The truth is CO2 is the most important food for all life on Earth, including marine life. It is the main food for photosynthetic plankton (algae), which in turn is the start for the entire food chain in the sea. On top of this, some marine organisms use CO2 to produce their skeletons of calcium carbonate.

  1. Conclusion

Marine life depends on CO2, and some plants and animals fix it as limestone, which is not generally re-dissolved. Over geological time enormous amount of CO2 have been sequestered by living things, so that today there is far more CO2 in limestones than in the atmosphere or ocean. This sequestration of CO2 by living things is far more important than trivial additions to the atmosphere caused by human activity.

The carbonate factories described here show that carbon dioxide is vital for the production of carbonate sands and ultimately limestone. Trying to reduce the carbon dioxide content of the ocean by reducing emissions by human activities is not only futile, but if it could be done it would have harmful consequences on all the carbonate fixing animals and plants in the ocean. The continued existence of the Great Barrier Reef, like coral reefs all over the world, depends on corals and other plants and animals fixing carbon dioxide as part of their skeletons, and as part of the carbon cycle. Carbon dioxide in seawater does not dissolve coral reefs, but is essential to their survival.

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Albright R., Caldeira L,  Hosfelt J., Kwiatkowski L., Maclaren J.K., Mason B.M., Nebuchina Y.,  Ninokawa A.,  Pongratz J., Ricke K.L., Rivlin T., Schneider K., Sesboüé M., Shamberger K., Silverman J. , Wolfe K., Zhu K. & Caldeira K. 2016. Reversal of ocean acidification enhances net coral reef calcification. Nature, 531, 362–365.

Australian Government’s Great Barrier Reef Marine Park Authority. 2018.  http://www.gbrmpa.gov.au/our-work/threats-to-the-reef/climate-change/ocean-acidification

Berner R.A., Kothavala Z., 2001. A revised model of atmospheric CO2 over Phanerozoic time. American Journal of Science 301: 182-204.

Bourman R.P., Murray-Wallace C.V., Harvey N., 2016. Coastal Landscapes of South Australia. University of Adelaide Press, Adelaide. 420pp. PDOI: http://dx.doi.org/10.20851/coast-sa.

Broeker W. 2011. Foreword in Gasutto J.-P., Hansson L. (eds), 2011. Ocean Acidification. Oxford University Press. V-vii.

Caldeira K., Wickett M.E., 2003. Anthropogenic carbon and ocean pH. Nature 425: 365.

Delingpole J. 2014.  NOAAgate: how ‘ocean acidification’ could turn out to be the biggest con since Michael Mann’s Hockey Stick. Brietbart,   23 December 2014.

Doogue J., Nova J., 2015. Oceans not acidifying – “scientist” hid 80 years of pH data. Online: http://joannenova.com.au/2015/01/oceans-not-acidifying-scientists-hid-80-years-of-ph-data/ (accessed July 11, 2019).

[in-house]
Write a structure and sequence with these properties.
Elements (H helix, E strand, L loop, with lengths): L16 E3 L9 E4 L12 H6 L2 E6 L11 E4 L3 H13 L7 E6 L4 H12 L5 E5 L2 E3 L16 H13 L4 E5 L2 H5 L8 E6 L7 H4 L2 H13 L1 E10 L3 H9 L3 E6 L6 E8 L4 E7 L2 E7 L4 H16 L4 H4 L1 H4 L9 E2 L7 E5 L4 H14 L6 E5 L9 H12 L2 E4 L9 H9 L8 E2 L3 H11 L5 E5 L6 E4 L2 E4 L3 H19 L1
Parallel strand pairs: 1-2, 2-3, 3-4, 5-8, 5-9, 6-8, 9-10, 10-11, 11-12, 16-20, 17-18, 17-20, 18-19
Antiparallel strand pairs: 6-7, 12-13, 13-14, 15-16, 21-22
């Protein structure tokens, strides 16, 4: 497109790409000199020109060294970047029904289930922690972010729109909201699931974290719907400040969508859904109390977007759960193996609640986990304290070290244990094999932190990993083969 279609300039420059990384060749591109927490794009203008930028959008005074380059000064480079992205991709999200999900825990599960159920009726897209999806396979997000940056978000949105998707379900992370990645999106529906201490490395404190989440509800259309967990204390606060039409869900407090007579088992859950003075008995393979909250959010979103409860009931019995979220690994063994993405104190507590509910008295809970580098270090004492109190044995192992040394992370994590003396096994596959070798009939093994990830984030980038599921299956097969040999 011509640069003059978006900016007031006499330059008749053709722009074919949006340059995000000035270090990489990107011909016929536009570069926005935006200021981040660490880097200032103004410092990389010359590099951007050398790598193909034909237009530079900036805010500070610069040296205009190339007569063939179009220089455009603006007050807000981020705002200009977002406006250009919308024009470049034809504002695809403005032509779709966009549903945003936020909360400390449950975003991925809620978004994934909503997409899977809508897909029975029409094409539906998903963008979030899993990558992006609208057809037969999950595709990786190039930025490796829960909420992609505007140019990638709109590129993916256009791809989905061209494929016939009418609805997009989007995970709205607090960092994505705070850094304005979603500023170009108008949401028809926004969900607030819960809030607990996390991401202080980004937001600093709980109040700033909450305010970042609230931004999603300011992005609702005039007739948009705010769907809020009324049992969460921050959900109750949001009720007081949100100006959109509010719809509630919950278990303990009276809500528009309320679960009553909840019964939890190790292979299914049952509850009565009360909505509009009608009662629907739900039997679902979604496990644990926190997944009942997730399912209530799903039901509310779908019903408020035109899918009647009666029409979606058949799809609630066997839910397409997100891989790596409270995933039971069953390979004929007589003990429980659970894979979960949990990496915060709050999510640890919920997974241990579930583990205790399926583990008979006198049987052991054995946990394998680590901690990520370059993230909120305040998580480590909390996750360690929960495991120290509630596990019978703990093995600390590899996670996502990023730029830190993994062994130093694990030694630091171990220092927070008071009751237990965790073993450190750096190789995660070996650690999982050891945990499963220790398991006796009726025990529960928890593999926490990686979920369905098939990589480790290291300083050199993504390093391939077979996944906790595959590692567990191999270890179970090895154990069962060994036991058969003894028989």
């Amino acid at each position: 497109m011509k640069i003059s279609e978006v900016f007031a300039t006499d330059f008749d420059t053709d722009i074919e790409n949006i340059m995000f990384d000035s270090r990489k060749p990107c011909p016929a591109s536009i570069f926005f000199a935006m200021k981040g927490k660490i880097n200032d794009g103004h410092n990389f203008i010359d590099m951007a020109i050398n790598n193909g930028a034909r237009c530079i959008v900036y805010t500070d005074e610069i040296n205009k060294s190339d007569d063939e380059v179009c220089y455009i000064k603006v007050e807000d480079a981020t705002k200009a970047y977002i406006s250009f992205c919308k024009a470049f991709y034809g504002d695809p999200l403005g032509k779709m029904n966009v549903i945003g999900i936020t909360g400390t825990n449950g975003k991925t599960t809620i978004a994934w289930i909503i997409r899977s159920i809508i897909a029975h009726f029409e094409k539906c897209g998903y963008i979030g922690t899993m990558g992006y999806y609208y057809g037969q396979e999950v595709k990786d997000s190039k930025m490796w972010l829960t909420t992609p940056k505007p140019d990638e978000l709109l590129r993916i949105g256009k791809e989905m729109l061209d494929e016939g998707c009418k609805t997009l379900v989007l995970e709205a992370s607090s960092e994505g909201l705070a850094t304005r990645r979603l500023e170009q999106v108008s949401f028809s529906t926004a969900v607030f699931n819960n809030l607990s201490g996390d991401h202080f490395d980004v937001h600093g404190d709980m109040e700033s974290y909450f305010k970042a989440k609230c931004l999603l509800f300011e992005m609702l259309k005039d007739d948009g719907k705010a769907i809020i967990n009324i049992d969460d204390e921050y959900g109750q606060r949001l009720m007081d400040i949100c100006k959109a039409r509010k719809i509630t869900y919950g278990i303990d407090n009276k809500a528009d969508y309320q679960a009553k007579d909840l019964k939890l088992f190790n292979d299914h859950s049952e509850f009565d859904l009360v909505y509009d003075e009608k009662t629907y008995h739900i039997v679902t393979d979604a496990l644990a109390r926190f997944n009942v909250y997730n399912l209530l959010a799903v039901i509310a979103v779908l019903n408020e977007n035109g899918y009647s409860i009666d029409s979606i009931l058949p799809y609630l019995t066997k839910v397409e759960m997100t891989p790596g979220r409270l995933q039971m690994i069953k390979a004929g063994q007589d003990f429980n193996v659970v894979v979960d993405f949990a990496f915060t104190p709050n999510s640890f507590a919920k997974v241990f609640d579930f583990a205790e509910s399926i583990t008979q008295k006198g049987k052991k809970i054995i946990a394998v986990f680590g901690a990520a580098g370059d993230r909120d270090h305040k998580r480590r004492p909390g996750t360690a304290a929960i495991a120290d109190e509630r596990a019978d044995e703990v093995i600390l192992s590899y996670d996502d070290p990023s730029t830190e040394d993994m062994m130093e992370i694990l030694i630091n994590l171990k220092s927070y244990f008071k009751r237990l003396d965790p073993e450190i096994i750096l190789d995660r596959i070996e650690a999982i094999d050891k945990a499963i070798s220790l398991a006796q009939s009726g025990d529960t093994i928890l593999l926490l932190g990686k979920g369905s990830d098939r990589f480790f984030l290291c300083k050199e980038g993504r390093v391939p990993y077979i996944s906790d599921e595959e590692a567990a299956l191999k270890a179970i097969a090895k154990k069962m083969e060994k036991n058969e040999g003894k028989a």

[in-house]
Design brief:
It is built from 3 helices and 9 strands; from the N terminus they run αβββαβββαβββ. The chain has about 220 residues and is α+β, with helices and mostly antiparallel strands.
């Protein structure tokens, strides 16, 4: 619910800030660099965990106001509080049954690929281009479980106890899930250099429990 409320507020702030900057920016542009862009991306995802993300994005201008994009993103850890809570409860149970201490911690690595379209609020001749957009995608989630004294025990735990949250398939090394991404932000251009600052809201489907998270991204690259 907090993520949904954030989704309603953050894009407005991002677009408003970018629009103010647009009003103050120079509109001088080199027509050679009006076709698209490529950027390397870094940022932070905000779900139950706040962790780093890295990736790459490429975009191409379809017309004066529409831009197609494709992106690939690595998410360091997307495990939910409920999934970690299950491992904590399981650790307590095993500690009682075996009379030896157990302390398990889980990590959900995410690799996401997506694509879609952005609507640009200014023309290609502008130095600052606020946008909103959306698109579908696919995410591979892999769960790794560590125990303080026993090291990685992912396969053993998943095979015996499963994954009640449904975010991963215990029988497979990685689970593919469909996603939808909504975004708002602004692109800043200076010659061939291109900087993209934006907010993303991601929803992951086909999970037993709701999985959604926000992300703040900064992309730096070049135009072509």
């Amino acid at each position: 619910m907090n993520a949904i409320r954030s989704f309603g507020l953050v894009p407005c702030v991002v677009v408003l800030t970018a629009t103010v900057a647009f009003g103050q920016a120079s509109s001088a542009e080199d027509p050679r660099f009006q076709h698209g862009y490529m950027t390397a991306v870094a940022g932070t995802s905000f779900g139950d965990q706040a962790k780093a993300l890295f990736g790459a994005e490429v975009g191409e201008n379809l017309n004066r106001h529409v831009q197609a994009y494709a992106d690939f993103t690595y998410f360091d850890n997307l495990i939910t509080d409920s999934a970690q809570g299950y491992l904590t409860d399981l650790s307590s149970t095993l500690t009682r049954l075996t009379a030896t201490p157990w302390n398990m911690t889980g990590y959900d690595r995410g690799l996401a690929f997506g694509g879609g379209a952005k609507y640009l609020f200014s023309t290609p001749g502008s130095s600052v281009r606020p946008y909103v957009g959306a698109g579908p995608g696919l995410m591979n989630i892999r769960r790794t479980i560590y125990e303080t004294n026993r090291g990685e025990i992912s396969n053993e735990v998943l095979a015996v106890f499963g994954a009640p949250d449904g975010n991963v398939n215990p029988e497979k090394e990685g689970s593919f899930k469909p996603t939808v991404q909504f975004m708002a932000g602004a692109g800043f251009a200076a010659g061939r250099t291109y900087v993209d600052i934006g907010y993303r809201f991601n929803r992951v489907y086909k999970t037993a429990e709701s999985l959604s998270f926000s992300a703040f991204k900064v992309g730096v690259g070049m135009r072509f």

Gasutto J.-P., Hansson L. (eds), 2011. Ocean Acidification. Oxford University Press.

Hendriks I.E., Duarte C.M., Alvarez M., 2010. Vulnerability of marine biodiversity to ocean acidification: A meta-analysis. Estuarine, Coastal and Shelf Science 86: 157-164.

Herfort L., Thake B., Taubner I., 2008. Bicarbonate stimulation of calcification and photosynthesis in two hermatypic corals. Journal of Phycology 44: 91-98.

Kerrison P., Hall-Spencer J., Suggett D., Hepburn L., Steinke M., .2011. Assessment of pH variability at a coastal CO2 vent for ocean acidification studies. Estuarine and Coastal Marine Science 94: 129-137.

Mcculloch M.T., D’olivo J.P., Falter J., Holcomb M., Trotter J.A., 2017. Coral calcification in a changing world and the interactive dynamics of pH and DIC upregulation. Nature Communications 8: 15866.

NASA [National Aeronautics and Space Administration], 2019. Global Climate Change – Vital Signs of the Planet. Online: https://climate.nasa.gov/evidence/ (accessed July 11, 2019).

Pardew J., Pimentel M.B., Low-Decarie E., 2018. Predictable ecological response to rising CO2 of a community of marine phytoplankton. Ecology and Evolution 8: 4292-4302.

Segalstad T.V., 2014. Some thoughts on Ocean Chemistry. Nongovernmental International Panel on Climate Change (NIPCC), Reports Climate Change Reconsidered II – Biological impacts.: 817-823.

Starck W., 2010. Observations on Growth of Reef Corals and Sea Grass Around Shallow Water Geothermal Vents in Papua New Guinea. Quadrant Online 15 March 2010.

Wallace M 2015. Ocean pH Accuracy Arguments Challenged with 80 Years of Instrumental Data. Watts Up With That, March 15, 2015. https://wattsupwiththat.com/2015/03/31/ocean-ph-accuracy-arguments-challenged-with-80-years-of-instrumental-data/

For a Data Base on Ocean Acidification see http://www.co2science.org/data/acidification/acidification.php

The above paper first appeared in QUAESTIONES GEOGRAPHICAE 38(3) • 2019 under the title, THE HOAX OF OCEAN ACIDIFICATION, author: Clifford Ollier, The University of Western  Australia, Perth, Australia. Manuscript received: July 11, 2019, Revised version: July 30, 2019

Download the PDF at http://geoinfo.amu.edu.pl/qg/current/quageo-2019-0029.pdf